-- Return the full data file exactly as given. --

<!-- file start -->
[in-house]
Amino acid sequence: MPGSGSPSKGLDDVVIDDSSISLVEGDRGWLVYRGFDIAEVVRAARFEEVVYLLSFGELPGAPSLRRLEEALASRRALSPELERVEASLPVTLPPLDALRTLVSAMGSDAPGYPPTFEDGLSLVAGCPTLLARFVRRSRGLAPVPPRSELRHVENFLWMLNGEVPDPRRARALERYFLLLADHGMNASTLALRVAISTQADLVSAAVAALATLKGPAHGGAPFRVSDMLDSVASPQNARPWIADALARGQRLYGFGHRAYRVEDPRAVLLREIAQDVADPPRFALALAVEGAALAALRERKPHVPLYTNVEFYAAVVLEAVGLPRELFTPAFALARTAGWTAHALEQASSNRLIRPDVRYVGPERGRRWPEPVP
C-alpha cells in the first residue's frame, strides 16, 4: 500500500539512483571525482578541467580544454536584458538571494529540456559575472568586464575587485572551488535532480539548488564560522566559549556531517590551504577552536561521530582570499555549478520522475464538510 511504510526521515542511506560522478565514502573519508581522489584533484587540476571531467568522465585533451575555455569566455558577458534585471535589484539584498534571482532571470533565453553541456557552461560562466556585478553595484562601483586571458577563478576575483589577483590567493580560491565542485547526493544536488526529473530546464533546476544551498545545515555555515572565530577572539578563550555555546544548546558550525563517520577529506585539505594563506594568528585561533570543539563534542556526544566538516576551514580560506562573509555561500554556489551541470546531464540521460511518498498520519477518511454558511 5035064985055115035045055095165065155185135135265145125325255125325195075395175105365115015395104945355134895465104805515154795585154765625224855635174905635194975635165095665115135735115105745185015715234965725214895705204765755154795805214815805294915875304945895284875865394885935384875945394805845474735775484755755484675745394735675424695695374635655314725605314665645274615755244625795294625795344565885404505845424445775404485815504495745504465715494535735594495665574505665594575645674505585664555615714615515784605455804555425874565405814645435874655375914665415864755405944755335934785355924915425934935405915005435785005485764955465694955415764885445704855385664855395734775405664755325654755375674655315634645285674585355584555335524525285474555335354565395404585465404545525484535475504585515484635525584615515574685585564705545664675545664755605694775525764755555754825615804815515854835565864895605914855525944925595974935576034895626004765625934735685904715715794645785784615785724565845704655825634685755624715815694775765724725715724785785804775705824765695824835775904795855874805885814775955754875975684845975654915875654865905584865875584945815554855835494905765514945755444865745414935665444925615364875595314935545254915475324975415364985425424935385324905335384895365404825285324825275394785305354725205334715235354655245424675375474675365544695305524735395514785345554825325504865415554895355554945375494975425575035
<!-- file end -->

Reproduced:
[in-house]
Amino acid sequence: MPGSGSPSKGLDDVVIDDSSISLVEGDRGWLVYRGFDIAEVVRAARFEEVVYLLSFGELPGAPSLRRLEEALASRRALSPELERVEASLPVTLPPLDALRTLVSAMGSDAPGYPPTFEDGLSLVAGCPTLLARFVRRSRGLAPVPPRSELRHVENFLWMLNGEVPDPRRARALERYFLLLADHGMNASTLALRVAISTQADLVSAAVAALATLKGPAHGGAPFRVSDMLDSVASPQNARPWIADALARGQRLYGFGHRAYRVEDPRAVLLREIAQDVADPPRFALALAVEGAALAALRERKPHVPLYTNVEFYAAVVLEAVGLPRELFTPAFALARTAGWTAHALEQASSNRLIRPDVRYVGPERGRRWPEPVP
C-alpha cells in the first residue's frame, strides 16, 4: 500500500539512483571525482578541467580544454536584458538571494529540456559575472568586464575587485572551488535532480539548488564560522566559549556531517590551504577552536561521530582570499555549478520522475464538510 511504510526521515542511506560522478565514502573519508581522489584533484587540476571531467568522465585533451575555455569566455558577458534585471535589484539584498534571482532571470533565453553541456557552461560562466556585478553595484562601483586571458577563478576575483589577483590567493580560491565542485547526493544536488526529473530546464533546476544551498545545515555555515572565530577572539578563550555555546544548546558550525563517520577529506585539505594563506594568528585561533570543539563534542556526544566538516576551514580560506562573509555561500554556489551541470546531464540521460511518498498520519477518511454558511 5035064985055115035045055095165065155185135135265145125325255125325195075395175105365115015395104945355134895465104805515154795585154765625224855635174905635194975635165095665115135735115105745185015715234965725214895705204765755154795805214815805294915875304945895284875865394885935384875945394805845474735775484755755484675745394735675424695695374635655314725605314665645274615755244625795294625795344565885404505845424445775404485815504495745504465715494535735594495665574505665594575645674505585664555615714615515784605455804555425874565405814645435874655375914665415864755405944755335934785355924915425934935405915005435785005485764955465694955415764885445704855385664855395734775405664755325654755375674655315634645285674585355584555335524525285474555335354565395404585465404545525484535475504585515484635525584615515574685585564705545664675545664755605694775525764755555754825615804815515854835565864895605914855525944925595974935576034895626004765625934735685904715715794645785784615785724565845704655825634685755624715815694775765724725715724785785804775705824765695824835775904795855874805885814775955754875975684845975654915875654865905584865875584945815554855835494905765514945755444865745414935665444925615364875595314935545254915475324975415364985425424935385324905335384895365404825285324825275394785305354725205334715235354655245424675375474675365544695305524735395514785345554825325504865415554895355554945375494975425575035